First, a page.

During that timeframe, Kimbrough’s increment will see the arrival of three new crew members—Russian cosmonaut Oleg Novitsky, Frenchman Thomas Pesquet and former NASA Chief Astronaut Peggy Whitson—on 16 November, together with a plate of cargo ships from national governments and commercial providers. Current plans anticipate a pair of Russian Progress cargo ships in December and February, Japan’s next H-II Transfer Vehicle (HTV) in December and another Orbital ATK Cygnus in February. SpaceX’s manifest remains in flux, following the on-the-pad loss of an Upgraded Falcon 9 on 1 September and it remains to be seen when the next ISS-bound Dragon will fly. Kimbrough’s crew is targeted to return to Earth on 25 February 2017, wrapping up an increment of 129 days in orbit.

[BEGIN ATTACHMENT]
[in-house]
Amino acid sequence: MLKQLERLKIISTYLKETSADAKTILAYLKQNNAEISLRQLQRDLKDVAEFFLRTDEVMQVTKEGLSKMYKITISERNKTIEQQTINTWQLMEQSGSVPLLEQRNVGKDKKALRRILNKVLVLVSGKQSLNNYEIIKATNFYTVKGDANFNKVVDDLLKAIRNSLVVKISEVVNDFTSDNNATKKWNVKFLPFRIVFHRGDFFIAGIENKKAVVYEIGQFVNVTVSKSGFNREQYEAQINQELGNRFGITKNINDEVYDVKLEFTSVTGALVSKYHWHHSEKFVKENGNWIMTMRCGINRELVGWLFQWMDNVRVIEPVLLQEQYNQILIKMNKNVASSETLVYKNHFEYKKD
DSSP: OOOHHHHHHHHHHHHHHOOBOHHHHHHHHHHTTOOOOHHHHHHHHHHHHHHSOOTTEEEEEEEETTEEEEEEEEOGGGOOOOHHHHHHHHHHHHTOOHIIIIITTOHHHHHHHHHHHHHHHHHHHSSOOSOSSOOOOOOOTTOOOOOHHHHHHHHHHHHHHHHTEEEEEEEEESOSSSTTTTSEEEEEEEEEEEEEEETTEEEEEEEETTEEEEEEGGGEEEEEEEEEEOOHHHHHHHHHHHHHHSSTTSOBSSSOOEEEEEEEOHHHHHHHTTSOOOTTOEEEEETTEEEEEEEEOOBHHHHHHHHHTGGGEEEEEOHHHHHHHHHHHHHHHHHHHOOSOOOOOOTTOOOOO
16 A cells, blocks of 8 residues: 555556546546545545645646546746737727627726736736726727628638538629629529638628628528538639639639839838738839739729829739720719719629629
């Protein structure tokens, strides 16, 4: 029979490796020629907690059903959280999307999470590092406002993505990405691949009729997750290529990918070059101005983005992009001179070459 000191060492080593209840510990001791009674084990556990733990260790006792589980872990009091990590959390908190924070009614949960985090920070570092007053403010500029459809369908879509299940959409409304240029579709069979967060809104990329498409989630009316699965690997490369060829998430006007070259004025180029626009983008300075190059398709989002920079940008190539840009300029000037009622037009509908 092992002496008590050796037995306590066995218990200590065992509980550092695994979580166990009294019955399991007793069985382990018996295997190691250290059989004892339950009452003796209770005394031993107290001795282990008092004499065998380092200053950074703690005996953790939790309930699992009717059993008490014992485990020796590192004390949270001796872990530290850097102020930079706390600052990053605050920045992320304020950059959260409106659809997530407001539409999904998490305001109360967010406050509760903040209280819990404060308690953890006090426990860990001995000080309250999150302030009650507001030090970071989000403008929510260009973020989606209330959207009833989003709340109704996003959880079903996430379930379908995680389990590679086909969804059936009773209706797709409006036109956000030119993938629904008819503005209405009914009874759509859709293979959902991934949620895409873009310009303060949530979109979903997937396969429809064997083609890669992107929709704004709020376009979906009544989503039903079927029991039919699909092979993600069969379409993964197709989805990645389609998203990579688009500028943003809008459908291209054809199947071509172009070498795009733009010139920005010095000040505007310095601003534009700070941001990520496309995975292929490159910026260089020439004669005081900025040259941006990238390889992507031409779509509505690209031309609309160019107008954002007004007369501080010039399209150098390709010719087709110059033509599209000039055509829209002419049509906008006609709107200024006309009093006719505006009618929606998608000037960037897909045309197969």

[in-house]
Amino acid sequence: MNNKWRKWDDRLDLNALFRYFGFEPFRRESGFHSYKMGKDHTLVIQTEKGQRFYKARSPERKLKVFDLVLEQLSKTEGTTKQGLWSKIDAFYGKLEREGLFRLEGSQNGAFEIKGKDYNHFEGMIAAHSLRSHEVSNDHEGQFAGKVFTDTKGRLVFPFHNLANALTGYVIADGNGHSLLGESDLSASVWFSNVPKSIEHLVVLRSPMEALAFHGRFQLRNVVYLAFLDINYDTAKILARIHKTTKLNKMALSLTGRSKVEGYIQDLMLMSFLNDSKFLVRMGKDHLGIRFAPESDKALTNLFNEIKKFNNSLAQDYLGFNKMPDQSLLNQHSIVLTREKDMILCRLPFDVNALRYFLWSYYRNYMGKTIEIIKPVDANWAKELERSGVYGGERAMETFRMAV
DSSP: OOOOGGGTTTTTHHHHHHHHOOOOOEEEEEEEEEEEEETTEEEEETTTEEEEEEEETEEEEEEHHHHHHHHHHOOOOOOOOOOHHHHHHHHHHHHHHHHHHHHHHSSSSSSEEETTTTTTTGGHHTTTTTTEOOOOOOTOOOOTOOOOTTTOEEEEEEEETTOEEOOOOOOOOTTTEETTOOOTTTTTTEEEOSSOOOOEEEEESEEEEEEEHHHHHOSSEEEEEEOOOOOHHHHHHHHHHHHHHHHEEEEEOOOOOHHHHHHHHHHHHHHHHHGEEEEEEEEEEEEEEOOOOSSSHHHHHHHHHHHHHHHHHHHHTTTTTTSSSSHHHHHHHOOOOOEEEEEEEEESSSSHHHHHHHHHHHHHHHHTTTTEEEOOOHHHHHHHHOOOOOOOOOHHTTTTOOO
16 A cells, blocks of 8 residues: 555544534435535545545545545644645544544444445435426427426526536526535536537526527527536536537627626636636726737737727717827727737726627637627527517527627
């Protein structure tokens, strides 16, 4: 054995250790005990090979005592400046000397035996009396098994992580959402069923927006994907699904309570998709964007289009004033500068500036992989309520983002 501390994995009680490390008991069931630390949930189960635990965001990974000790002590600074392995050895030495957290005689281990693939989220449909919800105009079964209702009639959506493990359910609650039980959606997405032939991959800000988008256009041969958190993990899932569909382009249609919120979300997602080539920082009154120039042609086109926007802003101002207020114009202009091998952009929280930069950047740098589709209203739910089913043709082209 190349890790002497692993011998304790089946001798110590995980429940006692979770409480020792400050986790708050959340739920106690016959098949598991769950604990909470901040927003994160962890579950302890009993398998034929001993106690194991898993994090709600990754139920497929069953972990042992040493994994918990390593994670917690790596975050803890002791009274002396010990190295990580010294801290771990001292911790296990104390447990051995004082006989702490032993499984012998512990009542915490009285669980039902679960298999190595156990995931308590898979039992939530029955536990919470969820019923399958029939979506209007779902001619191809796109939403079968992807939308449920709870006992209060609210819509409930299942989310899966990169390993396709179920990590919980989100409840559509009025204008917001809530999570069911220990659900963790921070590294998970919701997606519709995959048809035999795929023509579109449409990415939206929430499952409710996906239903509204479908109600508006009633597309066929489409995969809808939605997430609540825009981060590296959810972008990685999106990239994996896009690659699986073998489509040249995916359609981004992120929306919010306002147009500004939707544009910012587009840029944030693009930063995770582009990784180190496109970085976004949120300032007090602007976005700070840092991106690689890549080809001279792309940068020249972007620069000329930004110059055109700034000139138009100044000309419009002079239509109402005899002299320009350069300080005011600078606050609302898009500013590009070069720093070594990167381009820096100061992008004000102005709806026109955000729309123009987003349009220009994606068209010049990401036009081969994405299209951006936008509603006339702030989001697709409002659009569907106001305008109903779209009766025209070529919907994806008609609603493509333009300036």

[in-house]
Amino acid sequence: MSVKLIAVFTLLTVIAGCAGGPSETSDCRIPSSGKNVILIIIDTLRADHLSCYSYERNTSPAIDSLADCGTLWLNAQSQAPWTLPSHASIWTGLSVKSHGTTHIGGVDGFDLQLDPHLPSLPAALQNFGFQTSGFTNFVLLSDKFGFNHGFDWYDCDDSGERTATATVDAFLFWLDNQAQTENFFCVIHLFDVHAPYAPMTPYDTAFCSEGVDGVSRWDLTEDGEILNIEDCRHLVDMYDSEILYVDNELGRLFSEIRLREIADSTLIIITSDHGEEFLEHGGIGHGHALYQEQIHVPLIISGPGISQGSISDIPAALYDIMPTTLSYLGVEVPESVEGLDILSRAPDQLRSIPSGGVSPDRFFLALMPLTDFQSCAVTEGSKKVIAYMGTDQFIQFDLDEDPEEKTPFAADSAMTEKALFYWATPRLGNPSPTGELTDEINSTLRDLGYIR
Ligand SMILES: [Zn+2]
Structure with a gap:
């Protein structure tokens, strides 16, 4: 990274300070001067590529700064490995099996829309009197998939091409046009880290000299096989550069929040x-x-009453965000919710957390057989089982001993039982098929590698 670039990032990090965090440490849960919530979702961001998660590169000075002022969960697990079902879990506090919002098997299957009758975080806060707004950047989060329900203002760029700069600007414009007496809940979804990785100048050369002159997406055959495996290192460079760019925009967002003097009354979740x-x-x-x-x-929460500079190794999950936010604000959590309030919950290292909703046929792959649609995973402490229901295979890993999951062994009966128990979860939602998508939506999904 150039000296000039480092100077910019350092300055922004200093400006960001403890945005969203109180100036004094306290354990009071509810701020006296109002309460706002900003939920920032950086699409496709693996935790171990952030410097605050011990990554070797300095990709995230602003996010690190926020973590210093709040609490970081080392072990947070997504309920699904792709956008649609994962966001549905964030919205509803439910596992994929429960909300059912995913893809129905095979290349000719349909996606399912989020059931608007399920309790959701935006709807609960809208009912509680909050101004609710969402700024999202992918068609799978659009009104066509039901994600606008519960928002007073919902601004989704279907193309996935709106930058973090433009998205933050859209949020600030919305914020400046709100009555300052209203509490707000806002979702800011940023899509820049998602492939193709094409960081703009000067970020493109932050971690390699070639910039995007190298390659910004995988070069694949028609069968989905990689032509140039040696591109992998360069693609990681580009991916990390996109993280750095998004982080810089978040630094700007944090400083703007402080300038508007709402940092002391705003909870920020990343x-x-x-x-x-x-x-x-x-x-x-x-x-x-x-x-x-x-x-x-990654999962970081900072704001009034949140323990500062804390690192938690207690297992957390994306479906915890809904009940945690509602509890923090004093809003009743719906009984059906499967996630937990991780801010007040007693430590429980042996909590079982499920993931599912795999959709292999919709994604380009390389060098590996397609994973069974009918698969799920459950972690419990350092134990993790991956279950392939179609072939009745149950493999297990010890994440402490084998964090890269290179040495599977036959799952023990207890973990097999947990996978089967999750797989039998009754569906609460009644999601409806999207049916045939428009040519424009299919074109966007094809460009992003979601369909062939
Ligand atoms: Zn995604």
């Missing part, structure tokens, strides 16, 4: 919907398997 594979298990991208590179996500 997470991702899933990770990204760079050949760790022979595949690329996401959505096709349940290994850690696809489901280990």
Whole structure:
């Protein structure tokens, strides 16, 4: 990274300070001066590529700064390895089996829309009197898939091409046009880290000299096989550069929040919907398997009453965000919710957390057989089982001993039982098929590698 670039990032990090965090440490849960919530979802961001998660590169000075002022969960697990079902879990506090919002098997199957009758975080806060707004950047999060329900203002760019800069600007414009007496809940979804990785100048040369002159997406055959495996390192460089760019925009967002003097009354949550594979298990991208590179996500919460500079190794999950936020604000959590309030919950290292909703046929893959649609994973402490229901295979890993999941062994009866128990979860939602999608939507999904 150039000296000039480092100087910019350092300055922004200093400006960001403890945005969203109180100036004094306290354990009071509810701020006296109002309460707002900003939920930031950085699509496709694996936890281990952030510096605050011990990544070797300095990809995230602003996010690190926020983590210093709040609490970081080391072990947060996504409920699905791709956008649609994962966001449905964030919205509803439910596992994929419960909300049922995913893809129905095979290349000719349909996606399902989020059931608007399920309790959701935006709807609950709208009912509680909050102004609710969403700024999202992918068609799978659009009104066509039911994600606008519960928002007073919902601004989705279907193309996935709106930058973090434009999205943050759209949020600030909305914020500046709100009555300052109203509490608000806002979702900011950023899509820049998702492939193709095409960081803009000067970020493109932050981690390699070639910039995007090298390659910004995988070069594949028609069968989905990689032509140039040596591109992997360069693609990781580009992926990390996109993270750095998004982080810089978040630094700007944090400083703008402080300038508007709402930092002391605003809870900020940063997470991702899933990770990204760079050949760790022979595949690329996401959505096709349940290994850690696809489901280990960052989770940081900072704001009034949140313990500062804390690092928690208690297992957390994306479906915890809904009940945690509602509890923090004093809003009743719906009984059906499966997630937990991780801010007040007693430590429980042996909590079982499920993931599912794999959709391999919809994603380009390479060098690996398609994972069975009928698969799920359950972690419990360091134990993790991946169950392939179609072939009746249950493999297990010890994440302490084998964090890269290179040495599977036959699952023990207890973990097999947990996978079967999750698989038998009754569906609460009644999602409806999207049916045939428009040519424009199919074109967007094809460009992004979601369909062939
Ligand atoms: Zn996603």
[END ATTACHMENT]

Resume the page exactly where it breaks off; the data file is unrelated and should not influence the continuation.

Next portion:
Looking ahead, the ISS crewing manifest for 2017 is also uncertain. This uncertainty has been triggered by a pair of interrelated factors: firstly, Russia’s decision to reduce its annual number of Progress cargo flights from four to three, and secondly, ongoing delays to the launch of the Nauka (“Science”) Multi-Purpose Laboratory Module (MLM). The latter is expected to provide Russia’s scientific research hub aboard the station, but has been repeatedly delayed for almost a decade, due to technical and funding problems. According to current projections, the 42.6-foot-long (13-meter) MLM will fly no sooner than November 2017 and will be docked at the nadir port of the Zvezda module. Interestingly, this is directly opposite the docking location of today’s Soyuz MS-02.